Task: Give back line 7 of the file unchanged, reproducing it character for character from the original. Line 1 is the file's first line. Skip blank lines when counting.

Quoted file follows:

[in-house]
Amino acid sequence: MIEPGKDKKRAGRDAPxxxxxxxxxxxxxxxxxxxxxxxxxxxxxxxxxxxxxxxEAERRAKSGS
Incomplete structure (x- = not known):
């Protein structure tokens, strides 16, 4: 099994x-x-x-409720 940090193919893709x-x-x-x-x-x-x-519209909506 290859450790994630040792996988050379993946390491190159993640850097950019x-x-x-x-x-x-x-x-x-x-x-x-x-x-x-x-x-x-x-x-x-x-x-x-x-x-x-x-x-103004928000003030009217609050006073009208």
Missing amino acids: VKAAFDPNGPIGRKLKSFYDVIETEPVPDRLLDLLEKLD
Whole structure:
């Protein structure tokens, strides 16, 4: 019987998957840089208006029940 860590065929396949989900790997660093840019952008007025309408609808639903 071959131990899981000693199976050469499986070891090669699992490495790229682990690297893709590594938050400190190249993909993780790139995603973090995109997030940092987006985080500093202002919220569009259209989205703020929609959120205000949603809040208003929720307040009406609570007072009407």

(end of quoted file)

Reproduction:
């Protein structure tokens, strides 16, 4: 019987998957840089208006029940 860590065929396949989900790997660093840019952008007025309408609808639903 071959131990899981000693199976050469499986070891090669699992490495790229682990690297893709590594938050400190190249993909993780790139995603973090995109997030940092987006985080500093202002919220569009259209989205703020929609959120205000949603809040208003929720307040009406609570007072009407």